The Coronavirus is turning our world upside down, both on a broad, global level as well as our daily life. From worrying about health and finances to people hoarding toilet paper and hand sanitiser. Something like this brings out the good in people, but it can also bring out the not-so-good parts of us.
The widespread school closures have sent a ripple effect into families as we scramble to smoothly transition kids into at-home life. It's no easy task and we are all a bit on edge and cranky. Not because we don't all love and worry about eachother, but because we are stuck in our houses leading to way too much togetherness! Whether you have a large house or a tiny apartment it is hard to get away from eachother. It's also harder to see friends and get exercise--both of which affects our moods. While raising and entertaining wee ones is all encompassing, being with tweens and teens all day, every day can seem like a battle.
The whirlwind combination of puberty, hormones, high school years, and the growing need for independence can be a challenge for any parent. The eye rolling, the sarcasm, the moody silence or sudden anger all can take their toll, leaving you vacillating between yelling and wanting to tear your hair out.
Take a deep breath and remind yourself this won't last forever and that they are pushing for their independence even as they are forced to remain in the house and interact with us. See if you can find ways to hold space and offer them a bit more autonomy. What often helps me is to think of our conversation as a negotiation; we are both trying to get something from the other–can I find a place to meet in the middle? These 6 tips will help you have a more peaceful and healthy relationship with your teen.
1. No Nagging. I admit it, I am a bit of a nagger. It’s not pretty, but hey, I’m not perfect. So If you’re getting attitude, take a quick look in the mirror and see what you’re doing. Could you be nagging; can you sound kinder? Instead of saying to my kids, “why aren’t you studying; you have a test tomorrow!” I have learned my daughter needs quiet time after school--even virtual school. It’s better all around when I say, “Hey, i know you need some downtime–what time do you want to switch gears and study for your test?” By speaking gently I get more of an answer than a grunt or mini explosion. Sometimes just the tone of voice can lower the stress in the room.
2. Feed The Beast. Never underestimate the power of hangry! Just like when you had to carry snacks and emergency Cheerios for your toddler, your teen may still need the same. For my kids, food is a necessity when they are cranky. Now, if i ask if they want a snack I may get the snide comments, grunt or eye rolling like “I’m not a baby.” But if i simply hand them some food or toss a plate of food in their direction, it gets devoured and I generally get a much happier teenager! Now, that is a win-win.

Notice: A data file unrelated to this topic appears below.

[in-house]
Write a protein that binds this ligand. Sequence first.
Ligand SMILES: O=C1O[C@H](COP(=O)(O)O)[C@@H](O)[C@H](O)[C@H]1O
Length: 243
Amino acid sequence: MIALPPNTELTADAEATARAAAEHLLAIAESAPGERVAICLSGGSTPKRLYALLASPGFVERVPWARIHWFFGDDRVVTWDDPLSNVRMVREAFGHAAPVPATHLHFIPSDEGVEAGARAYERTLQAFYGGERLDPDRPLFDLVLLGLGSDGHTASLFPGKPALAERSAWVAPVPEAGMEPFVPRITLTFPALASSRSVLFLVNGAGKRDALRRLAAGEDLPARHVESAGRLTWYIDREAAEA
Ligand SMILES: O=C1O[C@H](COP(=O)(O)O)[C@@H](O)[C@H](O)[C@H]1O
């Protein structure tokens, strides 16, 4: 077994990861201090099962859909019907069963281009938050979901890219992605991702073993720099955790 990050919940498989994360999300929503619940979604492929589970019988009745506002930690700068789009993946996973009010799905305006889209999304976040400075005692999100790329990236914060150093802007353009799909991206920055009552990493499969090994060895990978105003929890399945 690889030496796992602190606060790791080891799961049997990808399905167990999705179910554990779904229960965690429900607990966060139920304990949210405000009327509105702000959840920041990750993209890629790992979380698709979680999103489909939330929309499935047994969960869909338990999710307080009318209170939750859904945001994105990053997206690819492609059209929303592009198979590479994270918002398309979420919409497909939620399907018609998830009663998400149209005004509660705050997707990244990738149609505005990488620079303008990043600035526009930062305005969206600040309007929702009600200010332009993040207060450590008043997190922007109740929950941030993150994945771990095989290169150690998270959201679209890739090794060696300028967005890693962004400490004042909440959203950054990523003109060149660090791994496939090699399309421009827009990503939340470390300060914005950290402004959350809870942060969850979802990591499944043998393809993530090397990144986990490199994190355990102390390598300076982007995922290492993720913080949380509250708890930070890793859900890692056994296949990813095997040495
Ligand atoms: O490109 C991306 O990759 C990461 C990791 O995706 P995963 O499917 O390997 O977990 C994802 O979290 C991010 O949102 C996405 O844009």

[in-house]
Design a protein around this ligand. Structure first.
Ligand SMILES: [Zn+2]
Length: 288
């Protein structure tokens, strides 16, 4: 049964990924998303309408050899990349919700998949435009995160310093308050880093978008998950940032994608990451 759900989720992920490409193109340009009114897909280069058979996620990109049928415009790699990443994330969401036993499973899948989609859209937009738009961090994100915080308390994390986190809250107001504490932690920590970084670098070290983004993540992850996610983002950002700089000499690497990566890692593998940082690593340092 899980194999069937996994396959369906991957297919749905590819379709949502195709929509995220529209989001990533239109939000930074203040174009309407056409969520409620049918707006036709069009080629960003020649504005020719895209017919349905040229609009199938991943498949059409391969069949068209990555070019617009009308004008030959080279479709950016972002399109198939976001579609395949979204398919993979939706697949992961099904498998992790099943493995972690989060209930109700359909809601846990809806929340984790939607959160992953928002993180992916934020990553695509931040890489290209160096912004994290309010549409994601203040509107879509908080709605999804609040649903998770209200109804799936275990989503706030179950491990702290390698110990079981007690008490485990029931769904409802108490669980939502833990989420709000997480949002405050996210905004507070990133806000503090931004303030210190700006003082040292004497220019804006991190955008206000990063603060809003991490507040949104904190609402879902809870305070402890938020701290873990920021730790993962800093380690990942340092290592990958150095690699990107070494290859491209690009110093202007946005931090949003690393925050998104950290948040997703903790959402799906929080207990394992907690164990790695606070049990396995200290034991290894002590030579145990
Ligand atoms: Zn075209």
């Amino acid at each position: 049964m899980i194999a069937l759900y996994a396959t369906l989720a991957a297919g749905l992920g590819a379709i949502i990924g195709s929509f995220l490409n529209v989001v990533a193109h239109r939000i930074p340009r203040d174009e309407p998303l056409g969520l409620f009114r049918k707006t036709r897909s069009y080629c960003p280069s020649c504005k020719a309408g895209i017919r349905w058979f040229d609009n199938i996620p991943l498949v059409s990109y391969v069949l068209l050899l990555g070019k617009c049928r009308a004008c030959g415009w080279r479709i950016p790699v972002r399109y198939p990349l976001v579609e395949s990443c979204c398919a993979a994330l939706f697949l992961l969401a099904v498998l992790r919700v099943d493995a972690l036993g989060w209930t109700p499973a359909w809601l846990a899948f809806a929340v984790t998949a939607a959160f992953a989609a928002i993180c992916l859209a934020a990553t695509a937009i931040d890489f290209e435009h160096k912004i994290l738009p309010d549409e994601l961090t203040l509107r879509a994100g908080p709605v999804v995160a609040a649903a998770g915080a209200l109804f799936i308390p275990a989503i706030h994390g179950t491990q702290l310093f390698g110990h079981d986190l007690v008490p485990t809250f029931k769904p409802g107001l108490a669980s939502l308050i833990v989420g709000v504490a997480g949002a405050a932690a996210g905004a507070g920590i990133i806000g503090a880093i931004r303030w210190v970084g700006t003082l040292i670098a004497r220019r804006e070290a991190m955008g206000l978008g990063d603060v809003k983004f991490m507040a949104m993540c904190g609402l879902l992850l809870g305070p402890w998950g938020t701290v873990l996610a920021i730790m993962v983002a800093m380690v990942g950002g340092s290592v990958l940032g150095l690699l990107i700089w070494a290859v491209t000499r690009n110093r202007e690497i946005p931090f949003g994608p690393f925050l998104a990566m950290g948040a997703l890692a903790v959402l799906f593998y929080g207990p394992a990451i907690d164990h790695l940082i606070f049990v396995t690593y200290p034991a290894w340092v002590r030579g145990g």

3. Rules Rule. Negotiating rules and boundaries is one of the most effective ways to reduce both conflict. But you still need to stick to them, to enforce them--even if they are newly-negotiated rules for these new circumstances. It’s tempting as you try to give teens some freedom and independence to let them slack a bit. There's nothing wrong with that–it’s great to encourage independence. But it’s a fine line and if your kid is crossing it on a consistent basis, it’s time to toughen up and remind them the difference between rights and privilege. Privileges can be rescinded if certain rules aren’t met, and sometimes these privileges will be so important to a teen that going without them will provide a wake-up call.
4. Avoid the Power Struggle. One of the best strategies for avoiding power struggles is to give choices within those limits we just mentioned. Choose your battles--not everything is worth the pain. Avoid ultimatums which a teen will just see as a challenge. It’s all about sharing control and being clear. Instead of nagging and reminding them they have to watch the online class and do the homework, try giving them two options, each of which are ok with you. But try to think ahead and give choices before your teen is resisting. If you give them afterwards, you reward that resistance and that’s no good for anyone.
5. Be flexible. And reasonable. Avoid setting rules your teen can’t possibly follow. A chronically messy teen might have real trouble immediately maintaining a spotless bedroom. So if that’s not crucial to you, let it go. As your teen demonstrates more responsibility, grant him or her more freedom. Remember, you can always close his door.
6. Set a positive example. Acknowledge that this 24/7 togetherness is hard on all of you. Teens are still learning how to behave and believe it or not are watching us for clues. Sadly, “do as i say, not as I do” is not how it works. Your actions generally speak louder than your words. Show your teen how to cope with this Coronavirus stress in positive ways and be resilient. And if you lose it, own it. Admit it and say you’re sorry.
Be a good model and your teen will likely follow. And when that doesn’t work, just breathe and walk away. Tomorrow is another day.